# Initial memory allocation (MB)
memory = 8224
# Number of VCPUS
vcpus = 7
#PAE is 32-bit only
# Network devices -- You can leave this vif = [ '' ] if you want DHCP to do the work
vif = [ 'bridge=xenbr0,ip=192.168.40.41' ]
# Disk Devices -- Replace filename and OS_install.iso with the names you chose earlier
disk = [ '/home/xenhost/virtual_drives/filename,raw,hda,rw', '/home/xenhost/OS_install.iso,hdb:cdrom,rw' ]
boot = "dc"
#Passthrough devices are inserted, but will be commented out for the time being because we need to install first.
#pci = [ '01:00.0', '01:00.1', '00:1a.0', '04:00.0' ]
#nographic = 1
vnc = 1
Save and exit
Polishing VMs and Installing Video Drivers (Click to show)
No PCI devices will be passed through for the install phase of this, step 7 will instruct on how to install drivers and pass devices through properly.
Install a VNC viewer.
$ sudo yum install tigervnc
Start the VM and connect to its VNC port.
$ sudo xl create win8.sxp
$ vncviewer localhost
Complete the install of the VM (in this case windows) and make sure it's stable (fully cycled through the reboots)
Repeat this for each VMHide PCI devices at boot (Click to show)
This step may cause you not to have graphical access to the Domain-0 anymore. Especially if you have only 1 video card or plan on assigning them all. This can easily be solved by connecting to the computer from another network device via SSH. Enable SSH:
Network Connect (Click to show)
$ sudo chkconfig sshd on
Tunnel in using SSH and x11 forwardingConnecting From Windows:
Xming Putty (Click to show)
Allowing OSX to Connect:
XQuartz/X11 (Click to show)
Start by downloading xming
Follow a default install of Xming and then run putty. Then follow these steps:
Input your Xen machine's IP address
Then open the ssh + menu and click on x11. Make the fields look like this photo:
After clicking open, a terminal window will appear and ask for your login. Use xenhost like you did from within linux. Then login as su like you did before and run the virt-manager command. You should end up with something like this:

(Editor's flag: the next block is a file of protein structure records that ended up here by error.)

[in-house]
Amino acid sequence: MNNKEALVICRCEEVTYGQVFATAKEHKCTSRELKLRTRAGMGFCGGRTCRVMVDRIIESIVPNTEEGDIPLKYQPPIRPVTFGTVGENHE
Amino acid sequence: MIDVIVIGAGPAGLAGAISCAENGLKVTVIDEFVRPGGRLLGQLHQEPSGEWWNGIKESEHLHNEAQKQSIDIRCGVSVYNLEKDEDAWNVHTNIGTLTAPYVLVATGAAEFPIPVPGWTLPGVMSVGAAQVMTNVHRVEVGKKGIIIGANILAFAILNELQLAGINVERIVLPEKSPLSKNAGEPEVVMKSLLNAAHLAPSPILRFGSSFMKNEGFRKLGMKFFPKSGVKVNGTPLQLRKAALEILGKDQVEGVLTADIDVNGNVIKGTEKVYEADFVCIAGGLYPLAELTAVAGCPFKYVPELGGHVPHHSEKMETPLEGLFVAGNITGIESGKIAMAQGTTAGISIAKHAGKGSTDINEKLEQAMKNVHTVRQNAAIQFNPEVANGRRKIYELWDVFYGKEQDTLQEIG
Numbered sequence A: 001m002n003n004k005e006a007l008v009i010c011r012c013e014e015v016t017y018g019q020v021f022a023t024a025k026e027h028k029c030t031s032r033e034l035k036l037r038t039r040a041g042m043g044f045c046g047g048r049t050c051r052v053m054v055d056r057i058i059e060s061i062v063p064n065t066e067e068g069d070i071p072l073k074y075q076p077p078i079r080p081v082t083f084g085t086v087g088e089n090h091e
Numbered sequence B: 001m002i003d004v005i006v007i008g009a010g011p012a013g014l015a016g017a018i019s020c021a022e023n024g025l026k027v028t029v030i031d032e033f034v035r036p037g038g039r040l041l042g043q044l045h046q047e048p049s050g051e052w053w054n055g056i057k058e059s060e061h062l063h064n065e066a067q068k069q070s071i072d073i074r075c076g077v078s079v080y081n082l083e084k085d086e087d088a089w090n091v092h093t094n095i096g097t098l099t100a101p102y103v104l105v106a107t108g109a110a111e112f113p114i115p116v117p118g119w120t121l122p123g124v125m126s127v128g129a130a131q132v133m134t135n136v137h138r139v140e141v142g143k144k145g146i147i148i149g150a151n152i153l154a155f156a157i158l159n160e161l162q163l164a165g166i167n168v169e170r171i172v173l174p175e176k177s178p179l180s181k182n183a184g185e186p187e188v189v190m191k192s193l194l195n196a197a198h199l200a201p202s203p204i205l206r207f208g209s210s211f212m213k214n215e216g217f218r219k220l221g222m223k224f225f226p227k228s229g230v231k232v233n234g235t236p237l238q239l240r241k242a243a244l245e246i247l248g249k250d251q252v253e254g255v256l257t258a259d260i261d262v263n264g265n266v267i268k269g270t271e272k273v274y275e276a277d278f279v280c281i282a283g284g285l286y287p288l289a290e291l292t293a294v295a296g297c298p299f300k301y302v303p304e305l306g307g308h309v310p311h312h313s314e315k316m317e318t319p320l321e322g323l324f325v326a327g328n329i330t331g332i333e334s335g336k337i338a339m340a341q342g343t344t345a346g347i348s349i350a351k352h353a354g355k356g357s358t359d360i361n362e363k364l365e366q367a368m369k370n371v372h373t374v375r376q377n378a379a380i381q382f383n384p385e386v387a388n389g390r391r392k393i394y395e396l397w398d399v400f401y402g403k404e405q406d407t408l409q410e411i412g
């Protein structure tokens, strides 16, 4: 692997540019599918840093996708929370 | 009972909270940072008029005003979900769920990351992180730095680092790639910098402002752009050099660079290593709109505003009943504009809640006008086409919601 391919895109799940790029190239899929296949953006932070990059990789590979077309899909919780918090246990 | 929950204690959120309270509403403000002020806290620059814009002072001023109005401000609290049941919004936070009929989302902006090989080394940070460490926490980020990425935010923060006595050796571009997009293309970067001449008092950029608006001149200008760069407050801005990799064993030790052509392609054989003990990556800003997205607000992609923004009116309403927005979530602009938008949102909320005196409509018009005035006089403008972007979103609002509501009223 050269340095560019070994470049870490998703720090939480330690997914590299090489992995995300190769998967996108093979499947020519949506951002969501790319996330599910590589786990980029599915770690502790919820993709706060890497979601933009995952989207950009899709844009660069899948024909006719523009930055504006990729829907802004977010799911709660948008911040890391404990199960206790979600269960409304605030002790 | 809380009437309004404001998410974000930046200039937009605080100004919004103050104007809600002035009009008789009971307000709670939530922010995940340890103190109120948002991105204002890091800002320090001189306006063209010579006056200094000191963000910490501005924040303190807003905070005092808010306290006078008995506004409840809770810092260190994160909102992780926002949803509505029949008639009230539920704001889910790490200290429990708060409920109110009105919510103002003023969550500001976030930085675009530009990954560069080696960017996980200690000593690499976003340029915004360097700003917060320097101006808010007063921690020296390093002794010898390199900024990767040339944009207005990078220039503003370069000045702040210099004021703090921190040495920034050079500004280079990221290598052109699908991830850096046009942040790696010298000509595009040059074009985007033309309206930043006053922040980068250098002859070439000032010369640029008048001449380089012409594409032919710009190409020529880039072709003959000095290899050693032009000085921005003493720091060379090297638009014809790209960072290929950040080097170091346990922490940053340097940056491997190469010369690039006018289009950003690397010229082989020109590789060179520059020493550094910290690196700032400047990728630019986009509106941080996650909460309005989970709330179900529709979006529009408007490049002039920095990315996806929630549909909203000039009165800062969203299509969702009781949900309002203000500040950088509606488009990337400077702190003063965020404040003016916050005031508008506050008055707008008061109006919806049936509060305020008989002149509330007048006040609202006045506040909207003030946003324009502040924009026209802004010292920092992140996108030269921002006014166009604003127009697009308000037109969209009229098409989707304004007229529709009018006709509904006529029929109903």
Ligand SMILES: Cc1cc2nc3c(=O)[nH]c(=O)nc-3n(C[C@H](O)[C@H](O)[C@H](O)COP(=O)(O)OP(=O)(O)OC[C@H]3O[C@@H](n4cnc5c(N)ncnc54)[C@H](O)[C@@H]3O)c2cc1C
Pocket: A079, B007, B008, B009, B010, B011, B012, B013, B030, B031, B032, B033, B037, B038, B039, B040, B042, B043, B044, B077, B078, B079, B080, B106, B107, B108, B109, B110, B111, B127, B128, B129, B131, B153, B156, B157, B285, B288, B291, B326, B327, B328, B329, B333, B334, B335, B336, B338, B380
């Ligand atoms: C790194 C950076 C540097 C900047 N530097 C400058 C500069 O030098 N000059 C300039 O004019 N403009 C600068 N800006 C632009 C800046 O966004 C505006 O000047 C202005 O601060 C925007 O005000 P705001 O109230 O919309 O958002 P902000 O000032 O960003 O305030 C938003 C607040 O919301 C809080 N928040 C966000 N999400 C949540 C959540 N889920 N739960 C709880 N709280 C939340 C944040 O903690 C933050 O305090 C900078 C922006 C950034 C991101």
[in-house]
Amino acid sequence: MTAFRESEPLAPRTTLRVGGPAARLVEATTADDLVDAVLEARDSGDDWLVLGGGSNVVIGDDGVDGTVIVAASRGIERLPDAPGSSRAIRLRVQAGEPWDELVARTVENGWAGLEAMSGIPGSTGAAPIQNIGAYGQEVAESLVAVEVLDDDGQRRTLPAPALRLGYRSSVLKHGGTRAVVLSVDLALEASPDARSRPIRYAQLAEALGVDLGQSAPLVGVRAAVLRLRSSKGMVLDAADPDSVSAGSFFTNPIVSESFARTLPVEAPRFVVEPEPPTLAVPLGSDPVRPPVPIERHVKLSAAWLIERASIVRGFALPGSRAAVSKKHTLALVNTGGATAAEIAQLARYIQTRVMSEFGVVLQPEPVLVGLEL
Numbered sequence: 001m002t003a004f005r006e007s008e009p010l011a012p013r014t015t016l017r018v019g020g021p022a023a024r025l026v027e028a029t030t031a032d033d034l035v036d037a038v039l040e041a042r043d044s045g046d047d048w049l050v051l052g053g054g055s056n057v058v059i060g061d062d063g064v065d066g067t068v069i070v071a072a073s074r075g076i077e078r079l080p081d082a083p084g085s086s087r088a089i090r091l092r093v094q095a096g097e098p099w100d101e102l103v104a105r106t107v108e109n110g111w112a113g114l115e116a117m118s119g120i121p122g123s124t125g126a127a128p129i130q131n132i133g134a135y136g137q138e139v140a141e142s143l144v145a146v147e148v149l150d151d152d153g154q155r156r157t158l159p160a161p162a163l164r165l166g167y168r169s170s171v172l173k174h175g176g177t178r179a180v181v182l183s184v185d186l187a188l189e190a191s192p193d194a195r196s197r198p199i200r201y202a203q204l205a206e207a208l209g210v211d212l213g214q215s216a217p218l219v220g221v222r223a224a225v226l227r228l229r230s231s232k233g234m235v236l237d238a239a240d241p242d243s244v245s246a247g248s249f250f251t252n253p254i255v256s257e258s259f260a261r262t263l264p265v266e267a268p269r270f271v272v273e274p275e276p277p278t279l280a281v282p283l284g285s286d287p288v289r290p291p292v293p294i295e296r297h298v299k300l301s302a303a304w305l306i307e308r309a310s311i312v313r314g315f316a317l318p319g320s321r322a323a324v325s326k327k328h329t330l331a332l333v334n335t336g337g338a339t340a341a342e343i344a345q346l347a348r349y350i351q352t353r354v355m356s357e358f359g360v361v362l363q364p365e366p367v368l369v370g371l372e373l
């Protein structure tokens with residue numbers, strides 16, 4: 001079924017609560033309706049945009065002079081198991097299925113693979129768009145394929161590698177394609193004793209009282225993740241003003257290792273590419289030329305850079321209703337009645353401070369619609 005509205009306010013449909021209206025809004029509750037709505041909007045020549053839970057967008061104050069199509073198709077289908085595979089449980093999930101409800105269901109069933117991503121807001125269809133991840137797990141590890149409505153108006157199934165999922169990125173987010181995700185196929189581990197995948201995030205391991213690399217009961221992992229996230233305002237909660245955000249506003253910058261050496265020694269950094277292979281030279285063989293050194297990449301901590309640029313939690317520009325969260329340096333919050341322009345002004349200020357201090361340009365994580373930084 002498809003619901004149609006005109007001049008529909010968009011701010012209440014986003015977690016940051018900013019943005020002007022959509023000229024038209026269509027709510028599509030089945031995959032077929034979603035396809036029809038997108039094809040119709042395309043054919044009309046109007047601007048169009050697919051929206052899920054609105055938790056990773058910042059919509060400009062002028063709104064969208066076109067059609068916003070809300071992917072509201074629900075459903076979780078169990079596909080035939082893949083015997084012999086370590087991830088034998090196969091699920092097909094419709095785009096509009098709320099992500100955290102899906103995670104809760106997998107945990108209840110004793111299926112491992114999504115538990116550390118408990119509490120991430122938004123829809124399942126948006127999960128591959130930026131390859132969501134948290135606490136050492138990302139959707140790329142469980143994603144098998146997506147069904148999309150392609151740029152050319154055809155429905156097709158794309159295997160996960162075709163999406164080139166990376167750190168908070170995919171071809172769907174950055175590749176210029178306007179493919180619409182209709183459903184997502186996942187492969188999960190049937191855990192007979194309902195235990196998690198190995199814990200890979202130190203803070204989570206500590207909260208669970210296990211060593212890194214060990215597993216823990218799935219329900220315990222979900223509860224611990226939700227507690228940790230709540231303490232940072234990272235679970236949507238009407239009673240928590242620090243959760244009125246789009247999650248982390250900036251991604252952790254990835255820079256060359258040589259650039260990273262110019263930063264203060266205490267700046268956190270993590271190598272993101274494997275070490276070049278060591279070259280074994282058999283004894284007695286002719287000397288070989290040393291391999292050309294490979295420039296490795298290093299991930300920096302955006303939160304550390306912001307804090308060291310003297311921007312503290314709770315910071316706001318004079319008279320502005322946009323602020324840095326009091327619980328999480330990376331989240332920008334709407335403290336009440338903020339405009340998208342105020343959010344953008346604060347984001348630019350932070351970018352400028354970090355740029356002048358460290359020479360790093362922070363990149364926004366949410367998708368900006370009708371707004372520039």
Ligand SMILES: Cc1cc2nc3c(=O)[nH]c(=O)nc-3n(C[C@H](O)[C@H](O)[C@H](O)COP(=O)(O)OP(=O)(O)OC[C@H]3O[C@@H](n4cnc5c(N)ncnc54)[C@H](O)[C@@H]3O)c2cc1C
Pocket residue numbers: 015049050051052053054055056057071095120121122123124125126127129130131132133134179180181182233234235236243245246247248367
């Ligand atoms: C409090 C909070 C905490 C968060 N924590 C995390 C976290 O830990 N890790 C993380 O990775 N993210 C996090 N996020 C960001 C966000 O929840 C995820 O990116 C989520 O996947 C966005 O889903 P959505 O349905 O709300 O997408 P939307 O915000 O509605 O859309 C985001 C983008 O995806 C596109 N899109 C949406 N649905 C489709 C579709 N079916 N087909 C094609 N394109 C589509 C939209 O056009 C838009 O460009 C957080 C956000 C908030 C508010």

Connecting from Linux or OSX:
In a terminal window: (Click to show)
Install x11 or XQuartz
(OSX 10.6.3 or newer, older versions or vanilla x11 will work)
Replace IP with Xen host IP
Paul-Youngs-MacBook-Pro:~ paul$ ssh -X [email protected][/SPOILER]
[email protected]'s password:
Last login: Tue Jan 24 22:38:03 2012 from 192.168.1.5
[B]Connecting from Host with Secondary Video Card:[/B]
[SPOILER=Simply]Make sure you are running your main display from the secondary card. If this means you have to leave the display unplugged from the primary, it is ok. In the terminal:
[code][[email protected] ~]$ su
[[email protected] xenhost]# virt-manager
$ sudo nano /etc/default/grub
Insert a line:
Add onto the end of the line GRUB_CMDLINE_LINUX=
Add all the entries for devices you wish to pass through. Remember, if you want direct access to the computer, leave one video device unhidden and one USB PCI controller unhidden (unless you use PS/2).
$ sudo grub2-mkconfig -o /boot/efi/EFI/fedora/grub.cfg
When you reboot, be sure to select the proper entry for fedora WITH xen from the GRUB menu
Connect to your Domain-0 after rebooting (directly or over the network as laid out)Radeon HD2xxx and later (Click to show)
Integrated Intel HD graphics (Click to show)
Start your windows virtual machine and connect via VNC:
$ vncviewer localhost
Pass through the radeon GPU and Audio device with this command:
$ sudo xl pci-attach VM_name 01:00.0
$ sudo xl pci-attach VM_name 01:00.1
Replace VM_name with the name you gave it in the configuration file.
Download the latest catalyst driver and install. Then shutdown windows from the VM and turn it off from the console:
sudo xl destroy VM_name
Edit your configuration and uncomment the pci =  line (remove #)
Be sure to reboot the entire system and restart the VM. Wait a few minutes for windows to update the devices and you should have a fully graphical VM!
This is MUCH easier. All you have to do is uncomment (remove #) in the pci =  line and the gfx_passthru=1 line
Then start the VM:
$ sudo xl create win8.sxp
You can actually complete a full install with the integrated chips because they are able to be reset without a hard reboot. Continue using this VM normally.
NOTE: If installing GPLPV drivers, do so before activating windows!!!
Now if you had a second card, you could make a second fully functional system! You might want to create another system to use as a minecraft server. No problem, just install another VM to use for that and allocate however much you want to it. Use virt-manager or configuration scripts to create whatever you want -- the possibilities are endless.
Thanks for sticking in there!
Help me by trying this and reporting any errors. I want to make this easier and more compatible too, so any suggestions are welcome.
P.S. If you are a linux mint user, please take a look at PowerHouse's guide
It might be more complex than this, but it seems to work very well. Either guide when used properly will give good results.